Reading Roundup for 2019 and 2018

I’ve been chronically late posting updates of what I read in the previous year so this post is kind of ironic this year that it’s the earliest I’ve posted a round up for the previous year (2019) and the latest I’ve post a rounded up for an earlier year (2018).

I don’t do these summaries to brag or to be performative. I do them largely for myself as a means of documenting when I read something and to take stock in what types of authors & stories I’ve been reading. I never go into the year with the plan to read more of a certain genre or specific author’s books. I may have a vague idea that I want to check out an author that I haven’t read before, but I certainly don’t have a checklist or score card going into the year.

Having said that I do like to mix it up and read Science Fiction, Fantasy, and non-Fiction in varying amounts. I will read the occasion mainstream literature, but speculative fiction has kind of broken my brain for those type of stories. I have been trying to include more poetry and graphic novels in my reading lists.

So let’s jump in the Wayback machine and go back to 2018 when I pledged to read 36 books on my Goodreads challenge that year, an increase of 6 books over the 2017 goal. I fell short reading 30, which was the same number I read in 2017. Below is a quilt of covers laid out in approximately the order I read them in.

Grid of book covers from 2018
Covers of Books Read in 2018

I “discovered” a lot of new authors in 2018 that I hadn’t read before. 15/30 books were by authors I hadn’t previously read. My reading choices were pretty evenly split between Science Fiction and Fantasy with a couple of non-fiction, poetry, and graphic novels thrown in for good measure. More than half the authors I read were female in 2018. Most of the books I read came out in the last few years or at least post 2011. With 3 being from the 1990s. As in previous years, I won’t get into reviewing the books I read here. 2018 was definitely a good year of reading for me with the majority of the books being memorable reads that I would heartily recommend to friends.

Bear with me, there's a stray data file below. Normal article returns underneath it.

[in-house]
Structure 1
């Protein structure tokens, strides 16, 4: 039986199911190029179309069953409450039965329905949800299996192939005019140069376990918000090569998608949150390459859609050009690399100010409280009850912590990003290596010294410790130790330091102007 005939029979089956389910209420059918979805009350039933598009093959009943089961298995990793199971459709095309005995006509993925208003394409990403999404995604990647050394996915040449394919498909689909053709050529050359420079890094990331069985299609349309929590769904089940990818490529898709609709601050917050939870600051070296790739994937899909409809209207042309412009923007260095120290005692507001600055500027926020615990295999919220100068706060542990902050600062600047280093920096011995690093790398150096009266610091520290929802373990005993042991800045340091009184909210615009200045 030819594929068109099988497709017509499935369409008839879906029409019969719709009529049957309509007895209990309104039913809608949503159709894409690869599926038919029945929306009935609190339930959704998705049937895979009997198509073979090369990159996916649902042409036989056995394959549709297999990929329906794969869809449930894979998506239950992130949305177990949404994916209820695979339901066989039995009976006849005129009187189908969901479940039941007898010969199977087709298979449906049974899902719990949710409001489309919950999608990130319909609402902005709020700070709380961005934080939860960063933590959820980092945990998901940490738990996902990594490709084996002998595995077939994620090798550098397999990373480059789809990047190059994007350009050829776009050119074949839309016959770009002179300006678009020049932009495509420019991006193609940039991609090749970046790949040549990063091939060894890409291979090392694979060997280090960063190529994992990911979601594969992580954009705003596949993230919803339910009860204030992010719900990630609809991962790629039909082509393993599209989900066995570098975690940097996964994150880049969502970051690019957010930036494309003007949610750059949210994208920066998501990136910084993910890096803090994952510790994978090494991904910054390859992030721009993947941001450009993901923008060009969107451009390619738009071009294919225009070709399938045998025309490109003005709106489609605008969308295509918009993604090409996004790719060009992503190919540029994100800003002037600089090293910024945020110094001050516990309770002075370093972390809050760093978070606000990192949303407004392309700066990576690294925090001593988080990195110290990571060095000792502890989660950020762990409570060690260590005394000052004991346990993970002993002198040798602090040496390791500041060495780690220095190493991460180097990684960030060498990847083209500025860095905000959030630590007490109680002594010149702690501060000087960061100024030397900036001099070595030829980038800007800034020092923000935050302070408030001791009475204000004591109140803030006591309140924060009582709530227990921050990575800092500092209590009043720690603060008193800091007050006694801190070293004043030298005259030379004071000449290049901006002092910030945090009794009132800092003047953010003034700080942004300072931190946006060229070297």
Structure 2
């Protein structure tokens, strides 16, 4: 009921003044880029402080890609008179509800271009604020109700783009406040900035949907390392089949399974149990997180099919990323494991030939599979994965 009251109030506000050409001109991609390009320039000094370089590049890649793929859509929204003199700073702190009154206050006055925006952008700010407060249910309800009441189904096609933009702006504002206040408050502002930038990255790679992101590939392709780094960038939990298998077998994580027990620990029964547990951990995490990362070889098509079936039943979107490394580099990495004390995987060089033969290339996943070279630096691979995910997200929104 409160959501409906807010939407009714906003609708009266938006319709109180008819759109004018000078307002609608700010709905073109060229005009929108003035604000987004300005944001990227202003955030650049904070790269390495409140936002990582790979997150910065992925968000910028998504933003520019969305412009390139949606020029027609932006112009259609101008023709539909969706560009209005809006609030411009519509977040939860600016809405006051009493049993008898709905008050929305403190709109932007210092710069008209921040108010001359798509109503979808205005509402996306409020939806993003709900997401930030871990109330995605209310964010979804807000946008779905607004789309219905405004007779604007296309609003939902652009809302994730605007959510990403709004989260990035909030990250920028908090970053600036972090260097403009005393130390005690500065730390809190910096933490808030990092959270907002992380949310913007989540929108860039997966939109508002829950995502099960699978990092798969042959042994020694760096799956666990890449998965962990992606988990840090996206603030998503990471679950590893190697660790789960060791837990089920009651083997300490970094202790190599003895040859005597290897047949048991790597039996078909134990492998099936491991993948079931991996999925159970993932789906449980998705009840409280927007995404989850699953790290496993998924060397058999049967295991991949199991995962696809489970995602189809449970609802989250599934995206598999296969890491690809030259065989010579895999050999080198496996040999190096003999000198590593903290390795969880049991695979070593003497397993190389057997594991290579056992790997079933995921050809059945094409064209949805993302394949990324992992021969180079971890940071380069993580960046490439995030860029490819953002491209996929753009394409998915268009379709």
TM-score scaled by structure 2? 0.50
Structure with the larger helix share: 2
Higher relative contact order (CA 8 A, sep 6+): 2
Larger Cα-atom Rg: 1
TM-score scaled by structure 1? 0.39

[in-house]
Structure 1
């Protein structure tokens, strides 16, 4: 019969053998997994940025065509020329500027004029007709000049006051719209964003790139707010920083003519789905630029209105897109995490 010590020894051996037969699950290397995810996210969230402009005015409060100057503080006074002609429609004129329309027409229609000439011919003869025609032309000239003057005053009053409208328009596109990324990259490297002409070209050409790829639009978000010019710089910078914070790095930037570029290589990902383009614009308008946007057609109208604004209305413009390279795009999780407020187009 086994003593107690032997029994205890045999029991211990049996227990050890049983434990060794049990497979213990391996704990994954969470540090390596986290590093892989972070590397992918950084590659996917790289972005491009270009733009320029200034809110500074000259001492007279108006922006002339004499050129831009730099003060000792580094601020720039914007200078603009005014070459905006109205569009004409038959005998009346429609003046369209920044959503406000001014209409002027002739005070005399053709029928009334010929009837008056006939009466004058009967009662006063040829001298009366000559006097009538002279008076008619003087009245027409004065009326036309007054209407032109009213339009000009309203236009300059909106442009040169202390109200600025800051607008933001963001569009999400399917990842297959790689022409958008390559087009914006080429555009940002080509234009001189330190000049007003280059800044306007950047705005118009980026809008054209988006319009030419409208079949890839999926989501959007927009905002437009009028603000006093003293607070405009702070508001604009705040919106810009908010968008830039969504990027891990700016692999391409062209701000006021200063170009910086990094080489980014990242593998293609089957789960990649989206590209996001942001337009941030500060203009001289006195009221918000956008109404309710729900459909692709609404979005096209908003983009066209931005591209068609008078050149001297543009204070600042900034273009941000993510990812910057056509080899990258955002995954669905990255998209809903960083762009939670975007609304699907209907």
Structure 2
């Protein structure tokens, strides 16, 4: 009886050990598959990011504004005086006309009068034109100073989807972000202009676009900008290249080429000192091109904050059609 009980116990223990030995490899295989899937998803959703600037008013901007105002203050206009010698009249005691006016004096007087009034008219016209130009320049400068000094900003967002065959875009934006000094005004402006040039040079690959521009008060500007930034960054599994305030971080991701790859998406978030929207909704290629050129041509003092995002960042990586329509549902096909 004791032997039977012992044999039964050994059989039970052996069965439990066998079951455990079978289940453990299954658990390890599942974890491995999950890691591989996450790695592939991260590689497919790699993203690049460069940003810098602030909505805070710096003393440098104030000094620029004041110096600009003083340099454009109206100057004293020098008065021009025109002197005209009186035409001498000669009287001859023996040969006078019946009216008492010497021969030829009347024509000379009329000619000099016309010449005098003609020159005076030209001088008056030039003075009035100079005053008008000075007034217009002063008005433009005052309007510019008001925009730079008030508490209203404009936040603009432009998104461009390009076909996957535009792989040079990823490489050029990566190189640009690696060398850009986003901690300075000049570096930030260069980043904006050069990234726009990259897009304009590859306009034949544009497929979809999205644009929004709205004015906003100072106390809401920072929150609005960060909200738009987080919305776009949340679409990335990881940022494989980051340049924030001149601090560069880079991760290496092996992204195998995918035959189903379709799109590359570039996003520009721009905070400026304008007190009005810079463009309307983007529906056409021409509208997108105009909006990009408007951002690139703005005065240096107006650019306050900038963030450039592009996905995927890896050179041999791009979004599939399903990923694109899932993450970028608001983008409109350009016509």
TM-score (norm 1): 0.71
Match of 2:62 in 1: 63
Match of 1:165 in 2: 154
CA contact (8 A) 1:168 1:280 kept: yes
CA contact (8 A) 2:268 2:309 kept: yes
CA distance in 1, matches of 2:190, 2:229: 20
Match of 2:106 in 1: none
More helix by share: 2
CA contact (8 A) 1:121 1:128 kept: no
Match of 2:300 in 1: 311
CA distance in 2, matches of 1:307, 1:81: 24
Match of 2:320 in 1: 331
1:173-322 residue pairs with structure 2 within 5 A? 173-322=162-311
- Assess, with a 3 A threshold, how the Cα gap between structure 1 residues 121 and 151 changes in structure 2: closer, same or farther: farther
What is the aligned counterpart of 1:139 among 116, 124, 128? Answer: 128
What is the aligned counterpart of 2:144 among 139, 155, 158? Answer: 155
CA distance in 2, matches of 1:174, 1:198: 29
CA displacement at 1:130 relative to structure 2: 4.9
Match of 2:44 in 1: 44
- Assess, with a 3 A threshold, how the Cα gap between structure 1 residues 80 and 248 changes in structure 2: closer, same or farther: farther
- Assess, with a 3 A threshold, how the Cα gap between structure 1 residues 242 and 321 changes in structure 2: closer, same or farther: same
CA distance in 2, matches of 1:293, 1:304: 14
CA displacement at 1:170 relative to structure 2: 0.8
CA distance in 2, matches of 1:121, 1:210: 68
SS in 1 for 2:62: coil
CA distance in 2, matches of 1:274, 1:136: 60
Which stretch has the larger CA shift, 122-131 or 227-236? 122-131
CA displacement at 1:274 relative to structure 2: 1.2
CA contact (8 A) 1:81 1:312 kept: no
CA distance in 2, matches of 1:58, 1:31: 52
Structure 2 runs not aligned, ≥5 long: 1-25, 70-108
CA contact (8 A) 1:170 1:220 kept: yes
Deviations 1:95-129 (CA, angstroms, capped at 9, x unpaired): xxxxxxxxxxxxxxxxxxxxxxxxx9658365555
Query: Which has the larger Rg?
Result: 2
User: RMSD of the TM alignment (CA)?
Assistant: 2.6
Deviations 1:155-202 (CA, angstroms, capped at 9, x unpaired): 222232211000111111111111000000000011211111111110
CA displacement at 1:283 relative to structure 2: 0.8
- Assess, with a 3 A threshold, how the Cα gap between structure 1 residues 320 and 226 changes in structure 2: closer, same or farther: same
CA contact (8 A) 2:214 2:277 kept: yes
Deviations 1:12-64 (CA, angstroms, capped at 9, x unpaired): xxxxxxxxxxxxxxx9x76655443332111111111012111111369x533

2018 Breakdown of Andy’s Reading List

Moving on to 2019 my pace was a lot slower than I had anticipated. For starters I began ride-sharing with a co-worker which cut into my audio book listening. That compounded by health issues in the second half of 2019 really put a damper on my target of 36 books. In the end I read 13 books.

2019 Reading List in Book Covers

2019’s reading selection tended to skew towards Science Fiction with 8/13 being SF related and only 3 books had Fantasy elements in it. Usually I am split a lot more evenly. More than half the books I read were by female authors. I also read 3 books with Time Travel elements in them this year – The Light Brigade by Kameron Hurley, Here and Now and Then by Mike Chen, and Alice Payne Rides by Kate Heartfield. I read 2 non-fiction books both of which were actual physical books as opposed to e-books or audio books.

2019 Breakdown of Andy’s Reading List

So that’s my reading habits in a nutshell. I am aiming for 36 books again in 2020. I’ll see what happens. I’ve already went through my back log of books I bought in the last couple of years and I have over 50 books to choose from and that doesn’t include the audio books and e-books I have on my electronic TBR piles. Plus I know of a few authors with debut novels coming out in 2020 that I hope to add to my reading list. Going to be a busy reading year.

What are you looking forward to reading in 2020?

2019 Roundup

Ringing out on last day of treatment.

People like to complain about how specific years suck. “2019 was the worst year ever and I can’t wait for it to be over” type of sentiment and I never subscribed to that. It’s not the calendar’s fault and personifying the year as something vengeful out to get you never sat well with me. Having said that my 2019 did suck because of health issues.